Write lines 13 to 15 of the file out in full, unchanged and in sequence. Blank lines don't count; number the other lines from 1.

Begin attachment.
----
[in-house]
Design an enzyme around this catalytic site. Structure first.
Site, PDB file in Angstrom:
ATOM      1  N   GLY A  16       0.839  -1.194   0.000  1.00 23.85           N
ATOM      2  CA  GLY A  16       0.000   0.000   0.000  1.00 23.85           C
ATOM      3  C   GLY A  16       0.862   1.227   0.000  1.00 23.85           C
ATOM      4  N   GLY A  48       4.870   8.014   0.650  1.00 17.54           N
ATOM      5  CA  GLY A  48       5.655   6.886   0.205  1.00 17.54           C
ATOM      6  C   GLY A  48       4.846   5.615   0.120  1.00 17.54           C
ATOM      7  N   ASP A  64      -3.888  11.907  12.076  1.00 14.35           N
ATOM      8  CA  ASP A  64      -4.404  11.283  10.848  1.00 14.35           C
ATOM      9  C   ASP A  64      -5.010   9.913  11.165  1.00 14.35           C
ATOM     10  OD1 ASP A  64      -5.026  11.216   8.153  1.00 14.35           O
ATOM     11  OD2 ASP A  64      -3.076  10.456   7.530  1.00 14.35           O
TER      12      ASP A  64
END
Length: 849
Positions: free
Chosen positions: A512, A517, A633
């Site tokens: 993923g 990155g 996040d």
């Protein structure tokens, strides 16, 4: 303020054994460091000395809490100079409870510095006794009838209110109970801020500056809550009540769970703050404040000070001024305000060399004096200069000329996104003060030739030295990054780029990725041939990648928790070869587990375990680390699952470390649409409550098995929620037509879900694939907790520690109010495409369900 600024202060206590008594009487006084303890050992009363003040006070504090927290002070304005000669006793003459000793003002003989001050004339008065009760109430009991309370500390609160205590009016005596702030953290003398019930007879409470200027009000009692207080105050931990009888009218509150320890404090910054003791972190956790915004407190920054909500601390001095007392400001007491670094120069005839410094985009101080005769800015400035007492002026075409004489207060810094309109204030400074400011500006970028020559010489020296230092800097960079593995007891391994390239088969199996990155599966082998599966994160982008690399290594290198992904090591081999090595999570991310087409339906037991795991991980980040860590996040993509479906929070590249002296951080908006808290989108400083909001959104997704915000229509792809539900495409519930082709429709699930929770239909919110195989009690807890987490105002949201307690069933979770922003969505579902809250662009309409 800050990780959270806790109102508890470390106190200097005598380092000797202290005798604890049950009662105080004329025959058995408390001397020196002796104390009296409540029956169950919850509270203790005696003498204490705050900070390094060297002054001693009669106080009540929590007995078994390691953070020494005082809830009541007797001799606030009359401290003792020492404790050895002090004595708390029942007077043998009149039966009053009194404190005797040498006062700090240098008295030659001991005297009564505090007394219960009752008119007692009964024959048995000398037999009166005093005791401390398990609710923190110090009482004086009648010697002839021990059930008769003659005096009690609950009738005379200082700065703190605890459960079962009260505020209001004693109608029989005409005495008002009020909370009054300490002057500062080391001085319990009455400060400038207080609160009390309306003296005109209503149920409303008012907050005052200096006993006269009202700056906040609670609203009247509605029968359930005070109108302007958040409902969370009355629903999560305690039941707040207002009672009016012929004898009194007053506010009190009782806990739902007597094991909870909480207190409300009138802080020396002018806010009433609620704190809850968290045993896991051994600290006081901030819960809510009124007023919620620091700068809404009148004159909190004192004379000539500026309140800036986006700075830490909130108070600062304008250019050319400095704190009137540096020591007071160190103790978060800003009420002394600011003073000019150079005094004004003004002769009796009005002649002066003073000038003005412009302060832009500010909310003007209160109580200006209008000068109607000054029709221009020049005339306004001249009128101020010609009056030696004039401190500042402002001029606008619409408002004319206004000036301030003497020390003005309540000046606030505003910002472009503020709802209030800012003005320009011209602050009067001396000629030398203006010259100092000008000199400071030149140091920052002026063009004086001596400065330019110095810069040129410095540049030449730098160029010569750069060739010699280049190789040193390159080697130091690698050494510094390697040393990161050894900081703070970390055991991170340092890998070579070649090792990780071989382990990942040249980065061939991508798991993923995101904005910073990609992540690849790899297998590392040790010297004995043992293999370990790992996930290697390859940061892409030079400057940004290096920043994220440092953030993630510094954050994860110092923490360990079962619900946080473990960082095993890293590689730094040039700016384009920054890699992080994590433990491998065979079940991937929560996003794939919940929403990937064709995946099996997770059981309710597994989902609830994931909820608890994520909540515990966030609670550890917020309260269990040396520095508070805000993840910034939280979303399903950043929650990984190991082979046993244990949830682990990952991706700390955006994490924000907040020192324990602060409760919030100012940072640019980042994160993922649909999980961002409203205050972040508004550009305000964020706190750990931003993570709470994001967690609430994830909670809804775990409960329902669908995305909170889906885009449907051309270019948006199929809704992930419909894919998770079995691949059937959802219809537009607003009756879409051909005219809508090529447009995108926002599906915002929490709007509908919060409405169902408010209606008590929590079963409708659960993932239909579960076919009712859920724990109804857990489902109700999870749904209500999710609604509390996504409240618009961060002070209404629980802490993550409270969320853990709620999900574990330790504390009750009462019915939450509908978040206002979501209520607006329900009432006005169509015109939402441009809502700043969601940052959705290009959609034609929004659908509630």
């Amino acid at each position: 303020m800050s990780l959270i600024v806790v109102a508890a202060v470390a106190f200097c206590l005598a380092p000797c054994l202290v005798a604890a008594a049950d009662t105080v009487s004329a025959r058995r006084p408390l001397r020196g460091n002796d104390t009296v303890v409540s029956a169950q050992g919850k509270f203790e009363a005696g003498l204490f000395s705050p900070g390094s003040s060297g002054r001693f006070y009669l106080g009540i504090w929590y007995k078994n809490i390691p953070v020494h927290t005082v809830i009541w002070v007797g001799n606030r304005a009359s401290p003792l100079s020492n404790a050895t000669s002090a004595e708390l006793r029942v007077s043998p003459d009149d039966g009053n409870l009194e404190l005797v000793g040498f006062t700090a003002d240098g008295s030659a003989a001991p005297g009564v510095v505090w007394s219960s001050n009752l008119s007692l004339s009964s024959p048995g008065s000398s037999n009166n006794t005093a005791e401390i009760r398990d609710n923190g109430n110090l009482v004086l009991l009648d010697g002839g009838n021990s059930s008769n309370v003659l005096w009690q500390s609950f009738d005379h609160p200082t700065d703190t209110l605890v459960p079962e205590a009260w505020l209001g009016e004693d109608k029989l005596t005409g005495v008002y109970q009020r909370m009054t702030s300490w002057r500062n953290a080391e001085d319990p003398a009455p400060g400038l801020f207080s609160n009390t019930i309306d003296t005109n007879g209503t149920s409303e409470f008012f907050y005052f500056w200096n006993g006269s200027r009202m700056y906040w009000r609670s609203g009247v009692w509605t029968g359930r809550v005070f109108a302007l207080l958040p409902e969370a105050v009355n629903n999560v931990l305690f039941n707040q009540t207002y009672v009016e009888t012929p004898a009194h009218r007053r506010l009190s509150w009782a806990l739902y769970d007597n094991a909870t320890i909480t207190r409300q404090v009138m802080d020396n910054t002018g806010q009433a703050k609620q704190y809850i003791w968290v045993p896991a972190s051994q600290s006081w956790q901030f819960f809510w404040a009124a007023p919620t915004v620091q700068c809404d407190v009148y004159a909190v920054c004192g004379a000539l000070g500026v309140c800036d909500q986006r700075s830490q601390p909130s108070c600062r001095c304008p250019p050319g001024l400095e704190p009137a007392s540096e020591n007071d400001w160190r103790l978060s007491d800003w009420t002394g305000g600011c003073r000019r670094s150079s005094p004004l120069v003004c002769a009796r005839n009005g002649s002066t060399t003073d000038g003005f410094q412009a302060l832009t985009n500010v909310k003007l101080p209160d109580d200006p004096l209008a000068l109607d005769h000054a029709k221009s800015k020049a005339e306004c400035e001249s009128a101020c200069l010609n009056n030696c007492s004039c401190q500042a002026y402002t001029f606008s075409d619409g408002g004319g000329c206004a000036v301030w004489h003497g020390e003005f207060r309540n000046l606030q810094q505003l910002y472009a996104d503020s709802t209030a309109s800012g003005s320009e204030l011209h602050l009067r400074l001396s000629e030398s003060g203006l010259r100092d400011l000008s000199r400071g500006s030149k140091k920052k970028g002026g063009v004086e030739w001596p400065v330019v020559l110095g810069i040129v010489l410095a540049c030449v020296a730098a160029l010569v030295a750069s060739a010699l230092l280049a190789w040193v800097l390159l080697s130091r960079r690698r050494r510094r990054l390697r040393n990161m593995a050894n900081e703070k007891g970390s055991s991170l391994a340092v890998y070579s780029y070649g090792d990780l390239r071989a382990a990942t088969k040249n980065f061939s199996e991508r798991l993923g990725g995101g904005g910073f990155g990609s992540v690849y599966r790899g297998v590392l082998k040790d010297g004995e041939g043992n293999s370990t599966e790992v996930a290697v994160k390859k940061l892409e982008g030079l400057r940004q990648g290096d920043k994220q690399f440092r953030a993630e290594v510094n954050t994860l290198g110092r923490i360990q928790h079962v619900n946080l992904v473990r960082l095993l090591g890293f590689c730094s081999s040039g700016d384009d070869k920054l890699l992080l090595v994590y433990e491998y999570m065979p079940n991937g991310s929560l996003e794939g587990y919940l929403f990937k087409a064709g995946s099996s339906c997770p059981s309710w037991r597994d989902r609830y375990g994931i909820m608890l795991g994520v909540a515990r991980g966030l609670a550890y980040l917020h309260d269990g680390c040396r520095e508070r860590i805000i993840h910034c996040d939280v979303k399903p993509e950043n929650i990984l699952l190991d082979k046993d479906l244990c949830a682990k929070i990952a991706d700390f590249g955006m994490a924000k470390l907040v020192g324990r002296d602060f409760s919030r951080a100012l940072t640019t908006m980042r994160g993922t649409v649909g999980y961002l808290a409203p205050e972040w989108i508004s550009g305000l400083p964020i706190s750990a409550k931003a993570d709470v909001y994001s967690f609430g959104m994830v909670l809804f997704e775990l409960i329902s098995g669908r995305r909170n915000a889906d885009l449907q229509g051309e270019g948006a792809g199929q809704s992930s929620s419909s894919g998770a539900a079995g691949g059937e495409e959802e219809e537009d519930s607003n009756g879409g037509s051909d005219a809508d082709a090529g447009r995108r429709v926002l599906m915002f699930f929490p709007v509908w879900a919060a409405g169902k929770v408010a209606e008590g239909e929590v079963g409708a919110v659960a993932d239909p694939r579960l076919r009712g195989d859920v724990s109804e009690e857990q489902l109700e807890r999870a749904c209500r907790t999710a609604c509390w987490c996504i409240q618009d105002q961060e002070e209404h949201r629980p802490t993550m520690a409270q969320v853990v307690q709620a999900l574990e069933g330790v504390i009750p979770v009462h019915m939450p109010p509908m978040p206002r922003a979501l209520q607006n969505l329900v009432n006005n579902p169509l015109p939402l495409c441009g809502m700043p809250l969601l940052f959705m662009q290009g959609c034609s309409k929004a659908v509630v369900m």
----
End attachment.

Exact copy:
ATOM     10  OD1 ASP A  64      -5.026  11.216   8.153  1.00 14.35           O
ATOM     11  OD2 ASP A  64      -3.076  10.456   7.530  1.00 14.35           O
TER      12      ASP A  64